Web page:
We will use a Signal: To the Task in the step process, we will attach an interrupting Catch Signal Intermediate Event. It will wait for the Task to throw a Signal: when this happens, the Signal Intermediate Event will be activated and the Task deactivated. The execution will take the outgoing flow of the event, which will enter a No Exit End Event. The end event will terminate the sub-process instance without letting the subprocess produce a token: this will prevent the parent process from continuing its execution.

To design the deactivation mechanism, do the following:

  1. Adapt the Task in the step process so it throws a Signal; for example, if you are using a User task, add to its form a Deactivate button, which calls sendSignal(false, {thisModelInstance()}, "deactivate") when clicked.
  2. Adapt the step so it finishes when it receives a Signal:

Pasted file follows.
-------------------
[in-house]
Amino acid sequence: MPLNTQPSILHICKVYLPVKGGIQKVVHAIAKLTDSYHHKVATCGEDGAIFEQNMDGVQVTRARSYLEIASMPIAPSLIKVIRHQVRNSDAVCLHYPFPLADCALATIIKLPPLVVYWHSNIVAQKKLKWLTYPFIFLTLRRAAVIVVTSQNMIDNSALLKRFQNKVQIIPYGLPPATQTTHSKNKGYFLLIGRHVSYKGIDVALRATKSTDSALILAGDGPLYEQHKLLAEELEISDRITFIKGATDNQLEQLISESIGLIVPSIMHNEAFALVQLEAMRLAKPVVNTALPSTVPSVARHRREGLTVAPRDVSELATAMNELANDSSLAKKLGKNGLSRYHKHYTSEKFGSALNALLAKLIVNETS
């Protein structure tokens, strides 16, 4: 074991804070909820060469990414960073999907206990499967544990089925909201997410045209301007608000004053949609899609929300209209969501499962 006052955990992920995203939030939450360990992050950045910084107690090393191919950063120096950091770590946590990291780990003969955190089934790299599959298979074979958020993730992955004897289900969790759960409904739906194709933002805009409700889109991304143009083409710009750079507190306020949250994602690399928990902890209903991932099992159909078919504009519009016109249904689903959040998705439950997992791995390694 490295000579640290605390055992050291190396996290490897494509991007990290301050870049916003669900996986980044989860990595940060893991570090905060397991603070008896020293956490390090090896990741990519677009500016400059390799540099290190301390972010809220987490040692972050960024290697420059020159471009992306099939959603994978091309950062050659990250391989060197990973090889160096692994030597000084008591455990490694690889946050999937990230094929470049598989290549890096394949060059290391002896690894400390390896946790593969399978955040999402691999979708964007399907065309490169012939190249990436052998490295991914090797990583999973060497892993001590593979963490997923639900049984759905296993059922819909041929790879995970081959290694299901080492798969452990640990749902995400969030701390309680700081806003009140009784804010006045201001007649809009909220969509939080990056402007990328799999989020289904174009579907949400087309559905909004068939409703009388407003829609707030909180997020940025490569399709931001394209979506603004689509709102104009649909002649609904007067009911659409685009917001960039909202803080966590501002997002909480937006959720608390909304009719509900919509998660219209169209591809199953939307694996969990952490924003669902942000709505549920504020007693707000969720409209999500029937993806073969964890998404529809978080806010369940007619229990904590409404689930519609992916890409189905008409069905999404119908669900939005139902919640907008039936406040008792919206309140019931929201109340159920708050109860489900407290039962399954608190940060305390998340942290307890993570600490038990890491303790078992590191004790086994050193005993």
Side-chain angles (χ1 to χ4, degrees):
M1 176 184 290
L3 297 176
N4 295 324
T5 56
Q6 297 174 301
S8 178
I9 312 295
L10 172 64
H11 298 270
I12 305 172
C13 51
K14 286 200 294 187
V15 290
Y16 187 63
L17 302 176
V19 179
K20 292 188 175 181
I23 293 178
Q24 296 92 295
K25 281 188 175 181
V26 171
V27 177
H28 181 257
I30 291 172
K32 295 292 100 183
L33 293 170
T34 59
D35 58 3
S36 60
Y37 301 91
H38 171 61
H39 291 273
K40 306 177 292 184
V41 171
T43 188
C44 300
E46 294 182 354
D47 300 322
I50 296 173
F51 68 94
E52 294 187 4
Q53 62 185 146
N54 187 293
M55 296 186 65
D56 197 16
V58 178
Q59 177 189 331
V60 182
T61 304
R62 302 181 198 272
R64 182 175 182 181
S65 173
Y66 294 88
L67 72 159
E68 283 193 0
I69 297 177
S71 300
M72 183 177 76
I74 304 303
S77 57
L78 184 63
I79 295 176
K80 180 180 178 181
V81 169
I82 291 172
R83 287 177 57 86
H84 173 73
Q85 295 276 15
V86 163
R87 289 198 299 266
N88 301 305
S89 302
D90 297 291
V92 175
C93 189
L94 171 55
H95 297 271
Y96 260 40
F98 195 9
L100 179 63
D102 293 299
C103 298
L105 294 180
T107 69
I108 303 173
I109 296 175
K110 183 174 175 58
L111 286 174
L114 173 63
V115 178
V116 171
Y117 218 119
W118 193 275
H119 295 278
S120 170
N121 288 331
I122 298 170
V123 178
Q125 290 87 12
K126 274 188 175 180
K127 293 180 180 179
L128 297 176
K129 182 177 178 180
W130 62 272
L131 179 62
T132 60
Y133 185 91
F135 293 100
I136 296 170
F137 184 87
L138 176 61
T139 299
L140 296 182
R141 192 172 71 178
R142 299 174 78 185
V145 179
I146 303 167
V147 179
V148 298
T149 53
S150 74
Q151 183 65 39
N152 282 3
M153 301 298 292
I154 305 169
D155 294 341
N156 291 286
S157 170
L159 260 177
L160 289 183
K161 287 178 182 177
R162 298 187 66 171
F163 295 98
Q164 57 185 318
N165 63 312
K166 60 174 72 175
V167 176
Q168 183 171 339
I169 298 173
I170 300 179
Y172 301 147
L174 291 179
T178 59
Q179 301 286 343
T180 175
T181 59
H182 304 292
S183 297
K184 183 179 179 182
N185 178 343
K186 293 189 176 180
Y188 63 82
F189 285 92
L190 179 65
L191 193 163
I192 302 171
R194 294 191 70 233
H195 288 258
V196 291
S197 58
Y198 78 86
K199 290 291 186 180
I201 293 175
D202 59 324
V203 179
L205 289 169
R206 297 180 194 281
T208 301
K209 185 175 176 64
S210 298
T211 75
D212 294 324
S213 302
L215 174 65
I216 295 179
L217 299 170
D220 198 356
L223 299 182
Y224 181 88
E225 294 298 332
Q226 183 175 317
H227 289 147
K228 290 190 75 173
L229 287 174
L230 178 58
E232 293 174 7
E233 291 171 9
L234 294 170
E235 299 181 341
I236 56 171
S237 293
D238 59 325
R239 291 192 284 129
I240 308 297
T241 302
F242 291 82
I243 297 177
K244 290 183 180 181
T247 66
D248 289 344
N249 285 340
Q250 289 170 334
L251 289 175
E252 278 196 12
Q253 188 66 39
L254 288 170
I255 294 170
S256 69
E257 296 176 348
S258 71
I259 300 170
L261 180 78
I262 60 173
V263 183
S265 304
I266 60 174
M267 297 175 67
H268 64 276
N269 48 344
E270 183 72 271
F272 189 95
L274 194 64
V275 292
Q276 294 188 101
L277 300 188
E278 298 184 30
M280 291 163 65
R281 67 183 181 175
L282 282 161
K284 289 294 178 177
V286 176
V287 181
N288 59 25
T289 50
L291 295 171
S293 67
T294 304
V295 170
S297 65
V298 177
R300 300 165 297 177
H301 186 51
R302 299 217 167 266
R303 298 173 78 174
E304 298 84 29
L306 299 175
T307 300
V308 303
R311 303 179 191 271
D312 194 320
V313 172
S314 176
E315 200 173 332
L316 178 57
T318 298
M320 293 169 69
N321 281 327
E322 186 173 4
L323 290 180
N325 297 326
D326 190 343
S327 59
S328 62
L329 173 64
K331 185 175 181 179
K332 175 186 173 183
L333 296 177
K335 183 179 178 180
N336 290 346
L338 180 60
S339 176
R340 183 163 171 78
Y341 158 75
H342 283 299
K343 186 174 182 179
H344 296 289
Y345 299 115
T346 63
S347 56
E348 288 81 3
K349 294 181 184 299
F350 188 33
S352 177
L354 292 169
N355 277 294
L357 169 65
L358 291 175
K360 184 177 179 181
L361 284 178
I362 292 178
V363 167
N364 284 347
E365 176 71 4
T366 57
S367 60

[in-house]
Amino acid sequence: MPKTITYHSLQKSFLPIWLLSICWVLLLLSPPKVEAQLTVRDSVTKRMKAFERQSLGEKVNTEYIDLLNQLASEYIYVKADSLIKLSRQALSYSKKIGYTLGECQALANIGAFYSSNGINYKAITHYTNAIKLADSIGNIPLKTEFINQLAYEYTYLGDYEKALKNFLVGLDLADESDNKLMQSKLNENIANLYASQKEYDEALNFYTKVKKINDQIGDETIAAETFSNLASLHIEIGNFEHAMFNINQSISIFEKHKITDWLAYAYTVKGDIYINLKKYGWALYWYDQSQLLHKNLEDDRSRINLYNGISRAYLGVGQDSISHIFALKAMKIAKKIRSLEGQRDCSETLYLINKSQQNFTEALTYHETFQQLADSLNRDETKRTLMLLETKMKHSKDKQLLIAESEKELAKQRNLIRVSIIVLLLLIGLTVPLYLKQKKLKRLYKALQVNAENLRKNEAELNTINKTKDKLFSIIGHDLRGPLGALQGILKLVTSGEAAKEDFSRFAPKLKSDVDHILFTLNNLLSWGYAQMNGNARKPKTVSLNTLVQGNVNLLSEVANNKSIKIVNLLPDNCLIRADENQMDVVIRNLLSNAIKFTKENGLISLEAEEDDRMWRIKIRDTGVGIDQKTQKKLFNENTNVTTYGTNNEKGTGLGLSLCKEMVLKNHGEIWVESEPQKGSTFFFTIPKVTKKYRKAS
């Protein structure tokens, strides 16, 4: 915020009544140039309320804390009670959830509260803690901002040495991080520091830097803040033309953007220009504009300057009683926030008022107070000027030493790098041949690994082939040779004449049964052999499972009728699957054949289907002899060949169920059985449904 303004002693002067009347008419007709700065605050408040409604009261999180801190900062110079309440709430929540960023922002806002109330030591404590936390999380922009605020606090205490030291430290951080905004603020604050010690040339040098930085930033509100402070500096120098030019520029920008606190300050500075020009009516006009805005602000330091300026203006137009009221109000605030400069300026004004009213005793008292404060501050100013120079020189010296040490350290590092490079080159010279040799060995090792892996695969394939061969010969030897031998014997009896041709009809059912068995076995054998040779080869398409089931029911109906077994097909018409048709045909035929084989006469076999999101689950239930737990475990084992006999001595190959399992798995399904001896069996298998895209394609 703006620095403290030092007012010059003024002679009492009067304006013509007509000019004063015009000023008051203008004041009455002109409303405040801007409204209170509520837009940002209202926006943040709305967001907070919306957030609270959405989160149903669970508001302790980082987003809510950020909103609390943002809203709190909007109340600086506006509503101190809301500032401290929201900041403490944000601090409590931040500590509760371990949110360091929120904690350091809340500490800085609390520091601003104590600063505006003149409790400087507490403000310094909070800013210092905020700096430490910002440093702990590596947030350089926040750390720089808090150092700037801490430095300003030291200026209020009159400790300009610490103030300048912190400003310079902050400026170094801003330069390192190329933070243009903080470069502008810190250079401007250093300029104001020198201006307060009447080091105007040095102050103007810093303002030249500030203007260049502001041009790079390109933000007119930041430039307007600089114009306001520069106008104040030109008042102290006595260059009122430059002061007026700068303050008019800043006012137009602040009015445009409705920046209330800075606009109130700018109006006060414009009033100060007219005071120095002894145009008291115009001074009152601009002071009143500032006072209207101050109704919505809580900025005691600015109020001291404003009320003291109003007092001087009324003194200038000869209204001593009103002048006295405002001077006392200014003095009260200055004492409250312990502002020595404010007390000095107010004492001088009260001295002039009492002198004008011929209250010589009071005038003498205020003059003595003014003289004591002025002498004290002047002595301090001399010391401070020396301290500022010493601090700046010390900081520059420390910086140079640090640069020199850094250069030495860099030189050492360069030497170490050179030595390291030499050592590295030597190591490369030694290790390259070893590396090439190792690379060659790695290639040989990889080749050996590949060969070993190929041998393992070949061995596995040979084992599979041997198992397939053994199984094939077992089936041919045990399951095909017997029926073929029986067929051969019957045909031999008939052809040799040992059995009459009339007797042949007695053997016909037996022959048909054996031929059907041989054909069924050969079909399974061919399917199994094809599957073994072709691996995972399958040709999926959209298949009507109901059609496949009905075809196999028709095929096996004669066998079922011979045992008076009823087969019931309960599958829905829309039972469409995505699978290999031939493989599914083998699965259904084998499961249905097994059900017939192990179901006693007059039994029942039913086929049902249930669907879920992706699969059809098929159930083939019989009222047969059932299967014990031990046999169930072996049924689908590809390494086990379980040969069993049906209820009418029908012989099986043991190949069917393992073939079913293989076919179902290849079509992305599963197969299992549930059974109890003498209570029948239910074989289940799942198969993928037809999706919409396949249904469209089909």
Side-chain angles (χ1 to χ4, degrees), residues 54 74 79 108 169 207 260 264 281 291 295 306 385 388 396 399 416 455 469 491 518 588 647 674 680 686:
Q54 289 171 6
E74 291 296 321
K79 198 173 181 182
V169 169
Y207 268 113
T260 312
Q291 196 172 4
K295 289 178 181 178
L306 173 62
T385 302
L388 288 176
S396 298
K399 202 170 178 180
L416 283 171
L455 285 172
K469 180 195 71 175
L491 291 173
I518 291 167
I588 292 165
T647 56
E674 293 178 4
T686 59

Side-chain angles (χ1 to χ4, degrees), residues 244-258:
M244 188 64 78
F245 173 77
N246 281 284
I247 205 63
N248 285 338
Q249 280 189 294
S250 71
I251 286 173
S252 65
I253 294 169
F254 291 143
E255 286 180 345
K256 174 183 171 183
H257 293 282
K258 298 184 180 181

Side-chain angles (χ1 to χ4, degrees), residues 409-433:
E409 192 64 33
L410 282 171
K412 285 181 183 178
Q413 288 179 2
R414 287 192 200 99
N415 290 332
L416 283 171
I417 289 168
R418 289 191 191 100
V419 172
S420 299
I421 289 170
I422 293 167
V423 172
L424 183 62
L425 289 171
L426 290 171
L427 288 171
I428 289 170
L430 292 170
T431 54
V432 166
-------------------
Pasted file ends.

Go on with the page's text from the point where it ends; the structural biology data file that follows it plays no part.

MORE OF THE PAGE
1. Add an interrupting Intermediate Catch Signal Event to the boundary of the Task.
    2. Set the filter to { r:Object -> true}) so it catches any Signal.
    3. Connect the event to a No Exit End Event:

      The No Exit End event ends the execution flow of the reusable sub-process just like Simple End Event. Unlike Simple End Event, it prevents the execution to continue out of the Subprocess: The Subprocess does not produce a token.

  3. In the flow process, change the Reusable Subprocesses to Inline Event Subprocess.

    Inline Event Subprocesses are considered a part of the parent process, that is, the flow process. They are instantiated as process instances while non-inline-event subprocesses create subprocess instances. Only Inline Event Subprocesses can finish with a No Exit Event.

  4. Run the model and deactivate it in one of the steps.
    Model instance deactivated in the first subprocess. The diagram with the activity deactivated by the Catch Signal Event is below.


You have implemented the following behavior:

  1. The User Task or another Activity of the step process can throw a Signal.
  2. When this happens, the Catch Signal Intermediate Event catches the signal and terminates the Activity.